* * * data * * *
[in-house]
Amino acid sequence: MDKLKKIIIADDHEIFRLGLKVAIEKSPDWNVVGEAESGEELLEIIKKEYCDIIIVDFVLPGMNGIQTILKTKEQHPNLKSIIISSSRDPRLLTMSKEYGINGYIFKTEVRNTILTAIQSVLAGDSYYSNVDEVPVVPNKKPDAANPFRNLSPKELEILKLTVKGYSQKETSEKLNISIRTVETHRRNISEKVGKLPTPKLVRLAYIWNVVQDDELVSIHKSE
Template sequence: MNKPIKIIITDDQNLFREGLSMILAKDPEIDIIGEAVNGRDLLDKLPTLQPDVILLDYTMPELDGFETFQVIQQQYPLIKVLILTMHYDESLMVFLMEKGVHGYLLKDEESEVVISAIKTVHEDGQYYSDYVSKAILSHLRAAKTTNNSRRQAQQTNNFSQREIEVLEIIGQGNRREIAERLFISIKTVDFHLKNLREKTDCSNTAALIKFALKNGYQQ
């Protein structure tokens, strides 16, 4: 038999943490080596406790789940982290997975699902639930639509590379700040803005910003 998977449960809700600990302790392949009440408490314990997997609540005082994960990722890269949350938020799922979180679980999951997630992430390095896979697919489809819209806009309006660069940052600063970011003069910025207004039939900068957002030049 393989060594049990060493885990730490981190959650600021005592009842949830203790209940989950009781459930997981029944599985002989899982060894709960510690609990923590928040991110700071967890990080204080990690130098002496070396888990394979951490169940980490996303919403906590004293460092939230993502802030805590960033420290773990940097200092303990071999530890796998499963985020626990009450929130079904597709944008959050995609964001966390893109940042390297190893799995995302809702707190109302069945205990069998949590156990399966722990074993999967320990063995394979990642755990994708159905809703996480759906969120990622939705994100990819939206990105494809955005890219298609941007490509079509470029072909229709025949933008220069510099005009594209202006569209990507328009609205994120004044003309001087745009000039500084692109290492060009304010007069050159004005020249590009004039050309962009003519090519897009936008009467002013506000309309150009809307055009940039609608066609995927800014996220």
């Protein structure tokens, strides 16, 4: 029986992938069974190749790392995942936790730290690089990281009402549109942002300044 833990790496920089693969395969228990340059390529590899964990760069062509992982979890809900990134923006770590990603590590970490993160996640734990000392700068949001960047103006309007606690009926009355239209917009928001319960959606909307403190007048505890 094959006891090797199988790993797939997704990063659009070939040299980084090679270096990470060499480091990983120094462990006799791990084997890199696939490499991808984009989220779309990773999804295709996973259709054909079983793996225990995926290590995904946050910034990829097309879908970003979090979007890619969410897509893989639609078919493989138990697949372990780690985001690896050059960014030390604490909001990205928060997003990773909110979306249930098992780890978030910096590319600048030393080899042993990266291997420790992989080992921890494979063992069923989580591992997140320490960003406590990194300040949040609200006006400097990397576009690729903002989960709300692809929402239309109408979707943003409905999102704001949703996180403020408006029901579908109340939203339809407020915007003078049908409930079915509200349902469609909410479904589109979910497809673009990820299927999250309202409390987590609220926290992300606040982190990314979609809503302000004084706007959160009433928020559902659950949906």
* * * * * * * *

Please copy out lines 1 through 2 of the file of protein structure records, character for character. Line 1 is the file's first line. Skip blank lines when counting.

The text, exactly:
[in-house]
Amino acid sequence: MDKLKKIIIADDHEIFRLGLKVAIEKSPDWNVVGEAESGEELLEIIKKEYCDIIIVDFVLPGMNGIQTILKTKEQHPNLKSIIISSSRDPRLLTMSKEYGINGYIFKTEVRNTILTAIQSVLAGDSYYSNVDEVPVVPNKKPDAANPFRNLSPKELEILKLTVKGYSQKETSEKLNISIRTVETHRRNISEKVGKLPTPKLVRLAYIWNVVQDDELVSIHKSE